Passing the Mantle
The identification of the sitters in Raphael’s enigmatic double portrait in the Louvre has attracted much historical speculation. If, as seems likely, the two men are the artist and his pupil Giulio Romano, the interpretation of the painting casts a fascinating light on how artistic training and inheritance were conceived in the early 16th century.
Tom Henry, Friday, 23rd November 2012
The canvas that hangs in the Grande Galerie of the Musée du Louvre in Paris, now widely known as Raphael’s Self-Portrait with a Friend, has generated much discussion and a large bibliography.1 It has attracted various titles over time – from the romantic Raphael and his Fencing Master (an early attempt to explain the sword hilt that is visible in front of the right-hand figure), through a host of individual portrait identifications, to a depiction of an allegory of artistic practice. While consensus has formed around identifying Raphael as the figure on the left (even this needs examination), none of the proposals for identifying the figure on the right has proved totally convincing, although one previous suggestion looks plausible.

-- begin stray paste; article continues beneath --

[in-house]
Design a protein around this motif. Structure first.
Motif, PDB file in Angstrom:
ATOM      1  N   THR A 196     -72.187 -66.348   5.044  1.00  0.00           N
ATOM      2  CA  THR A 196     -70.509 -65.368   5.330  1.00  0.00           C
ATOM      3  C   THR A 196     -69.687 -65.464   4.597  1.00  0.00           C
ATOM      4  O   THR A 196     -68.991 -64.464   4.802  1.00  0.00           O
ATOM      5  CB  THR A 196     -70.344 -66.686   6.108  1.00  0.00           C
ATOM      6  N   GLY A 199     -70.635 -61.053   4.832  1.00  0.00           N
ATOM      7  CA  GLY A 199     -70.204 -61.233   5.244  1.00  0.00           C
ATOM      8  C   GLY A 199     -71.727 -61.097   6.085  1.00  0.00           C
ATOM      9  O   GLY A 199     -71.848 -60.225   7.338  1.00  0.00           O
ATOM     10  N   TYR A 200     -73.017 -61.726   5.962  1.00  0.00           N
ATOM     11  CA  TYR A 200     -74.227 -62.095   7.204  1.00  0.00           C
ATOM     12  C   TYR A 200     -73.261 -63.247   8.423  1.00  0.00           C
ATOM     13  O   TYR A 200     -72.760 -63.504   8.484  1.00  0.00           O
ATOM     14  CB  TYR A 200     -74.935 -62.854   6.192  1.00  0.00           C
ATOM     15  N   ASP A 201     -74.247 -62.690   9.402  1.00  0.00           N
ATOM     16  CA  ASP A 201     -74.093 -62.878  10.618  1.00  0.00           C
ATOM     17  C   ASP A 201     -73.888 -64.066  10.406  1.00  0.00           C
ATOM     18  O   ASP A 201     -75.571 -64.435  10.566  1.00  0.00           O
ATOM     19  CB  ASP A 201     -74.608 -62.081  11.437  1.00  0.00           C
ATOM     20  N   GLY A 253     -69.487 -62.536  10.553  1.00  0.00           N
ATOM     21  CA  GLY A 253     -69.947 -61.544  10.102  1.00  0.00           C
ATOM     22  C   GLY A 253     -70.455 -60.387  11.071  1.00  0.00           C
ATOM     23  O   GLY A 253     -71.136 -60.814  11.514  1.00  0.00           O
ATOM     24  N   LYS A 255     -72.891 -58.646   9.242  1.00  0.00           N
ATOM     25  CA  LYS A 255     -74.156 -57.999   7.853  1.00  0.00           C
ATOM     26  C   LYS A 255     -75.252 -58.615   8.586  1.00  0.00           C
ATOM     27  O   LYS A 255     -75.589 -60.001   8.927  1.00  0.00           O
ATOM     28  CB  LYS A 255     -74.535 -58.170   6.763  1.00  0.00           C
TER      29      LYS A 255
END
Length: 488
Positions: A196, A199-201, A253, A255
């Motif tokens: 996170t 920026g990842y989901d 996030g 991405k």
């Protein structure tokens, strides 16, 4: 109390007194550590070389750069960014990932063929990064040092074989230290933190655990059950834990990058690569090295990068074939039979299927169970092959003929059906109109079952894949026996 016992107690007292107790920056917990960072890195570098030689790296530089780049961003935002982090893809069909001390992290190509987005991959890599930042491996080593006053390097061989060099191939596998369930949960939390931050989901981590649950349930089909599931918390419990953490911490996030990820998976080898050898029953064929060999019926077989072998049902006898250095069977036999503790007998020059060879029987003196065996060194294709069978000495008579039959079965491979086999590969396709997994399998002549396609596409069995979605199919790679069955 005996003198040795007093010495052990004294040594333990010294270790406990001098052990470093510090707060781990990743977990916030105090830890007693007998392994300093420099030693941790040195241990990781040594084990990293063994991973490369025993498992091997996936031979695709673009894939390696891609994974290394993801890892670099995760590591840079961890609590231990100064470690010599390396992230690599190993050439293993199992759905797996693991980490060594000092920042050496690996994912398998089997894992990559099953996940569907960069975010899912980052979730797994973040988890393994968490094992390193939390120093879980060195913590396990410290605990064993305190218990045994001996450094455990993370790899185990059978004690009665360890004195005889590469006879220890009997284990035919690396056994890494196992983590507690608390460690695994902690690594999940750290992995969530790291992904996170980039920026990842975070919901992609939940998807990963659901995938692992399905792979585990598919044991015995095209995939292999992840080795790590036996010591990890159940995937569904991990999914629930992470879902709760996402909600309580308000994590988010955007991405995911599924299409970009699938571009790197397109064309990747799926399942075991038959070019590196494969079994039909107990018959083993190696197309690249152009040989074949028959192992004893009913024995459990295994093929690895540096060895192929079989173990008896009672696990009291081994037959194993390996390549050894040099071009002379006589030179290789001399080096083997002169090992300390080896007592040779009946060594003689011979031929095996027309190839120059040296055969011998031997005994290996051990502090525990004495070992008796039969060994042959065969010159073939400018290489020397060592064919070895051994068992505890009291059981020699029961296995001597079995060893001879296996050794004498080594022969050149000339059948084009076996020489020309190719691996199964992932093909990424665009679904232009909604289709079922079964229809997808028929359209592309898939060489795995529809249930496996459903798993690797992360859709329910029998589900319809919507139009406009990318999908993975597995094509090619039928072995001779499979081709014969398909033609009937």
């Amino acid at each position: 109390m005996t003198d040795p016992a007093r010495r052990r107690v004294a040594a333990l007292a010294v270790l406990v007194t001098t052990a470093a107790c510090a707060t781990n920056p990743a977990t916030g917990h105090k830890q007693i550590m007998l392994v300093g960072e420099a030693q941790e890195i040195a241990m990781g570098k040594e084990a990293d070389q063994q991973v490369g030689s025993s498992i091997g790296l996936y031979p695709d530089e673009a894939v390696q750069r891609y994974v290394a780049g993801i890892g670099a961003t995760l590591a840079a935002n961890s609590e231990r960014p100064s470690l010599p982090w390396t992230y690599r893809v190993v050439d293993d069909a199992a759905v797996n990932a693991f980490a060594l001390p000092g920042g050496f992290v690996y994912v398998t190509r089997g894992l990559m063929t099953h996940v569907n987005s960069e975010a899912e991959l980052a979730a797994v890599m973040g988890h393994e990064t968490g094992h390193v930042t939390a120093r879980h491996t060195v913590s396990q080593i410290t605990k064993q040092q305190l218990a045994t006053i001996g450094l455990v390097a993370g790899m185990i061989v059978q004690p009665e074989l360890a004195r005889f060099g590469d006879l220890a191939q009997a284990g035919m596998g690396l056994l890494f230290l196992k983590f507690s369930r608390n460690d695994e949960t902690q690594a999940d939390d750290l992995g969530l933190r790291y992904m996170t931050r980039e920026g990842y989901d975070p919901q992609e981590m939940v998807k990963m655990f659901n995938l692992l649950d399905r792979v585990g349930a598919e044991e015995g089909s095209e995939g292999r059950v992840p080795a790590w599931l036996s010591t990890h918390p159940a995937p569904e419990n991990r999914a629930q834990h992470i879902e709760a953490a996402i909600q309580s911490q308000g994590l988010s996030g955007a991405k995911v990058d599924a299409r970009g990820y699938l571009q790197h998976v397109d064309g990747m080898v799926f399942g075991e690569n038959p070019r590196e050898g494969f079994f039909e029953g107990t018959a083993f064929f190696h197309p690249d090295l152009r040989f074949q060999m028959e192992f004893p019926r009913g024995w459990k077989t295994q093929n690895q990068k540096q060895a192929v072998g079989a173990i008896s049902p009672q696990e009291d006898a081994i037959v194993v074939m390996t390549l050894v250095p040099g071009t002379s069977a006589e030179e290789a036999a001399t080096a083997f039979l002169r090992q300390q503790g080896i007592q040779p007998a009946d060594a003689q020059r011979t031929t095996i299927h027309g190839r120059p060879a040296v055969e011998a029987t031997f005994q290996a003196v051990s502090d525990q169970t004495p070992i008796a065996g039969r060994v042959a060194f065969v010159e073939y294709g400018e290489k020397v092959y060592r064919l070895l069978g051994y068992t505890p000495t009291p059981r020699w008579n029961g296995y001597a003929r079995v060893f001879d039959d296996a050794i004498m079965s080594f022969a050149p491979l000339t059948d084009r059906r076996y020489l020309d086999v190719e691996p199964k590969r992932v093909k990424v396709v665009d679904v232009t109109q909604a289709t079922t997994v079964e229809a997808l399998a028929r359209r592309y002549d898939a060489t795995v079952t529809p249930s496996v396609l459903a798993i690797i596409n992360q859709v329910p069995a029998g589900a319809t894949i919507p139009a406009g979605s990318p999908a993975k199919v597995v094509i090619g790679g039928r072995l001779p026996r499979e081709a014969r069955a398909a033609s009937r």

What has united a large swathe of modern commentary are the related premises that the identity of the figures is important and is key to understanding the picture’s meaning; and that the physical and psychological relationship between the two figures must be part of any identification, and so of the interpretation of the picture. Moreover, one should perhaps state clearly that this picture is not just a likeness of two individuals, but that it has a meaning that is lost to us unless we can identify the figures and understand the relationship that is portrayed.